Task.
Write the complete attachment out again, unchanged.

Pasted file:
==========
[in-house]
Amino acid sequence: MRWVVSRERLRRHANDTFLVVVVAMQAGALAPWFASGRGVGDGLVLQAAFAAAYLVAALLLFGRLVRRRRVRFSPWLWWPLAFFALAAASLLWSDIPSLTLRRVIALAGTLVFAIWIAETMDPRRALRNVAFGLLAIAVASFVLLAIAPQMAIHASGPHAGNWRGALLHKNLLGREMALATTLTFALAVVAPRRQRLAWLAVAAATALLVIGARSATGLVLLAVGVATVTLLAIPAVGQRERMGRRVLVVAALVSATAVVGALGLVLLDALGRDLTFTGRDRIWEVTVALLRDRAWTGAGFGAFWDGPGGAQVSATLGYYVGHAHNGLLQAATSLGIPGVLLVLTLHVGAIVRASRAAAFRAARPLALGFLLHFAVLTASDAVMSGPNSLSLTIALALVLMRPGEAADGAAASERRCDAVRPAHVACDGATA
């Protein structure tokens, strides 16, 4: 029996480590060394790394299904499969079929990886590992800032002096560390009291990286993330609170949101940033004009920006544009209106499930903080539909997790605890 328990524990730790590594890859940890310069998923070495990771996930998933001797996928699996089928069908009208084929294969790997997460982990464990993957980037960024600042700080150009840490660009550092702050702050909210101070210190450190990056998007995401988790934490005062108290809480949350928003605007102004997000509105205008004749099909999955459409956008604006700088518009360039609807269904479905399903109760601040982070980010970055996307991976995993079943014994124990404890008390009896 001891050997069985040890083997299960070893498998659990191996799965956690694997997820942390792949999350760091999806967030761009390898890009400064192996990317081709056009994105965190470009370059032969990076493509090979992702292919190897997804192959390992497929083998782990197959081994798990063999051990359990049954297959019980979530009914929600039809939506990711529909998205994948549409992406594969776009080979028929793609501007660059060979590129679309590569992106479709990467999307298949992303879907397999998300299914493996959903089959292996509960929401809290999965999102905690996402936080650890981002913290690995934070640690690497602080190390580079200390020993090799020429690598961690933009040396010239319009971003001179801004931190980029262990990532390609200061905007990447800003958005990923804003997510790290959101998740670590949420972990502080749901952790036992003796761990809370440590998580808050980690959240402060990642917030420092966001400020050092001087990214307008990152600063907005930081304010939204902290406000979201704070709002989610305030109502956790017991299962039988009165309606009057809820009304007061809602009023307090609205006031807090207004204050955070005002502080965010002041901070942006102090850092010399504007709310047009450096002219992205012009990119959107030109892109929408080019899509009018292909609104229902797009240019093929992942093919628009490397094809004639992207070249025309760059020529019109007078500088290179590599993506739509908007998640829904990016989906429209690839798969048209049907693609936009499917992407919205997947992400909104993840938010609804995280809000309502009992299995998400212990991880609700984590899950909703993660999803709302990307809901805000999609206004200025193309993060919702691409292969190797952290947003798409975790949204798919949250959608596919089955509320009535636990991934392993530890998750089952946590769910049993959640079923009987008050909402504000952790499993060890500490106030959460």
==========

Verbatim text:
[in-house]
Amino acid sequence: MRWVVSRERLRRHANDTFLVVVVAMQAGALAPWFASGRGVGDGLVLQAAFAAAYLVAALLLFGRLVRRRRVRFSPWLWWPLAFFALAAASLLWSDIPSLTLRRVIALAGTLVFAIWIAETMDPRRALRNVAFGLLAIAVASFVLLAIAPQMAIHASGPHAGNWRGALLHKNLLGREMALATTLTFALAVVAPRRQRLAWLAVAAATALLVIGARSATGLVLLAVGVATVTLLAIPAVGQRERMGRRVLVVAALVSATAVVGALGLVLLDALGRDLTFTGRDRIWEVTVALLRDRAWTGAGFGAFWDGPGGAQVSATLGYYVGHAHNGLLQAATSLGIPGVLLVLTLHVGAIVRASRAAAFRAARPLALGFLLHFAVLTASDAVMSGPNSLSLTIALALVLMRPGEAADGAAASERRCDAVRPAHVACDGATA
């Protein structure tokens, strides 16, 4: 029996480590060394790394299904499969079929990886590992800032002096560390009291990286993330609170949101940033004009920006544009209106499930903080539909997790605890 328990524990730790590594890859940890310069998923070495990771996930998933001797996928699996089928069908009208084929294969790997997460982990464990993957980037960024600042700080150009840490660009550092702050702050909210101070210190450190990056998007995401988790934490005062108290809480949350928003605007102004997000509105205008004749099909999955459409956008604006700088518009360039609807269904479905399903109760601040982070980010970055996307991976995993079943014994124990404890008390009896 001891050997069985040890083997299960070893498998659990191996799965956690694997997820942390792949999350760091999806967030761009390898890009400064192996990317081709056009994105965190470009370059032969990076493509090979992702292919190897997804192959390992497929083998782990197959081994798990063999051990359990049954297959019980979530009914929600039809939506990711529909998205994948549409992406594969776009080979028929793609501007660059060979590129679309590569992106479709990467999307298949992303879907397999998300299914493996959903089959292996509960929401809290999965999102905690996402936080650890981002913290690995934070640690690497602080190390580079200390020993090799020429690598961690933009040396010239319009971003001179801004931190980029262990990532390609200061905007990447800003958005990923804003997510790290959101998740670590949420972990502080749901952790036992003796761990809370440590998580808050980690959240402060990642917030420092966001400020050092001087990214307008990152600063907005930081304010939204902290406000979201704070709002989610305030109502956790017991299962039988009165309606009057809820009304007061809602009023307090609205006031807090207004204050955070005002502080965010002041901070942006102090850092010399504007709310047009450096002219992205012009990119959107030109892109929408080019899509009018292909609104229902797009240019093929992942093919628009490397094809004639992207070249025309760059020529019109007078500088290179590599993506739509908007998640829904990016989906429209690839798969048209049907693609936009499917992407919205997947992400909104993840938010609804995280809000309502009992299995998400212990991880609700984590899950909703993660999803709302990307809901805000999609206004200025193309993060919702691409292969190797952290947003798409975790949204798919949250959608596919089955509320009535636990991934392993530890998750089952946590769910049993959640079923009987008050909402504000952790499993060890500490106030959460």